OpenJurist

580 F2d 238 Moody v. United States

580 F.2d 238

Gurney W. MOODY, Petitioner-Appellant,
v.
UNITED STATES of America, Respondent-Appellee.

No. 77-3433.

United States Court of Appeals,
Sixth Circuit.

Submitted July 7, 1978.
Decided Aug. 7, 1978.

Gurney W. Moody, pro se.

James C. Cissell, U. S. Atty., Cincinnati, Ohio, Mary Jane McFadden, Asst. U. S. Atty., Dayton, Ohio, for respondent-appellee.

Before PHILLIPS, Chief Judge, LIVELY, Circuit Judge, and PECK, Senior Circuit Judge.

PER CURIAM.

1

This appeal from a judgment denying petitioner's 1977 motion to vacate sentence pursuant to 28 U.S.C. § 2255 was submitted to the court on the district court record and briefs of the parties. The petitioner was sentenced in 1972 to two five-year terms to run consecutively upon his conviction both of possessing and selling counterfeit obligations, violations of 18 U.S.C. §§ 472 and 473 respectively. These convictions were affirmed on appeal.

2

In his present appeal petitioner argues that he was exposed to double jeopardy by being sentenced to consecutive terms for offenses arising out of a single transaction, that the consecutive sentences are void on the ground of "multiplicity" and that the trial court erred in the sentencing by relying on hearsay information outside the record. The double jeopardy claim and the contention that his due process rights were violated by the sentencing court's reliance on information outside the record are completely without merit.

3

The government argues that failure to object to an indictment on grounds of multiplicity constitutes a waiver of any claim that multiple sentences on the charges are impermissible. This court has held otherwise. See United States v. Rosenbarger, 536 F.2d 715, 721-22 (6th Cir. 1976), Cert. denied, 431 U.S. 965, 97 S.Ct. 2920, 53 L.Ed.2d 1060 (1977). In Gentry v. United States, 533 F.2d 998 (6th Cir. 1976), we considered a claim of multiplicity of sentences first raised in a § 2255 motion after both convictions had been affirmed on direct appeal. The government's contention that this claim is not cognizable in a § 2255 proceeding is contrary to the law of this circuit.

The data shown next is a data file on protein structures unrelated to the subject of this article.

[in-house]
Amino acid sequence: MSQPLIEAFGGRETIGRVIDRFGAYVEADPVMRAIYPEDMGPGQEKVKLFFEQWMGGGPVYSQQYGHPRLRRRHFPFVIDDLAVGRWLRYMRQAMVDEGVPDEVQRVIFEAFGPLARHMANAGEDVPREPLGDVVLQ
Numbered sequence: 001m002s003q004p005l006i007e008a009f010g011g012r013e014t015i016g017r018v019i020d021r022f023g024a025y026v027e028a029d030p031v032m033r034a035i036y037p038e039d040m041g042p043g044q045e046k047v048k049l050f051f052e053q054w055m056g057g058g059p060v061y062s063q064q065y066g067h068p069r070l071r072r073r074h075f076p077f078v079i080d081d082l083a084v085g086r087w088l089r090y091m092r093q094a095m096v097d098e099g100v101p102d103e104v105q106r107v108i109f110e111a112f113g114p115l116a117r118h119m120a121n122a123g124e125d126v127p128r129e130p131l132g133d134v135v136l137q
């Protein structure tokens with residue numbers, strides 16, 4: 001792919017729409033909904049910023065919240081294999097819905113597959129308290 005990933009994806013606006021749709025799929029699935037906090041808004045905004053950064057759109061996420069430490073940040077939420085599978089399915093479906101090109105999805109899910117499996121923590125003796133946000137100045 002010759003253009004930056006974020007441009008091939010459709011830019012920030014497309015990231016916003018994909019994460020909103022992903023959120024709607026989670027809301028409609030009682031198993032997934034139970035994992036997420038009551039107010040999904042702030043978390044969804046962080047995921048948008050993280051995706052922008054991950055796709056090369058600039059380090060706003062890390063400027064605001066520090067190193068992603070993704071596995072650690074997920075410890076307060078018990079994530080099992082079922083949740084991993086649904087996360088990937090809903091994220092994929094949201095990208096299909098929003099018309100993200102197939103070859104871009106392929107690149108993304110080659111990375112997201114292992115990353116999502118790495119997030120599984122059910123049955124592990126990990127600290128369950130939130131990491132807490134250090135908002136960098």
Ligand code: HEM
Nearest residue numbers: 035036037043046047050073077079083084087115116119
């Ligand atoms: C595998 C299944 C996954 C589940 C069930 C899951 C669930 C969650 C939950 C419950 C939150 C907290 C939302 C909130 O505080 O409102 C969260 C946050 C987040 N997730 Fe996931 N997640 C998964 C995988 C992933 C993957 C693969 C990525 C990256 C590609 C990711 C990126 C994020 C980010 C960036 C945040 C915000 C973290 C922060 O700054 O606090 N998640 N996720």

4

However, we do not reach the claim of multiplicious sentences for another reason. In 1973 the petitioner filed a § 2255 motion in which he raised the identical issue. The district court denied that motion and entered a memorandum opinion setting forth the reasons. Though petitioner filed a notice of appeal he did not pursue the matter and this court dismissed the appeal for want of prosecution. Section 2255 provides in part:

5

The sentencing court shall not be required to entertain a second or successive motion for similar relief on behalf of the same prisoner.

6

The district court did not abuse its discretion in declining to consider the claim of multiplicity in the 1977 motion. Hill v. United States, 378 F.2d 44 (6th Cir.), Cert. denied, 389 U.S. 884, 88 S.Ct. 145, 19 L.Ed.2d 180 (1967).

7

The judgment of the district court is affirmed.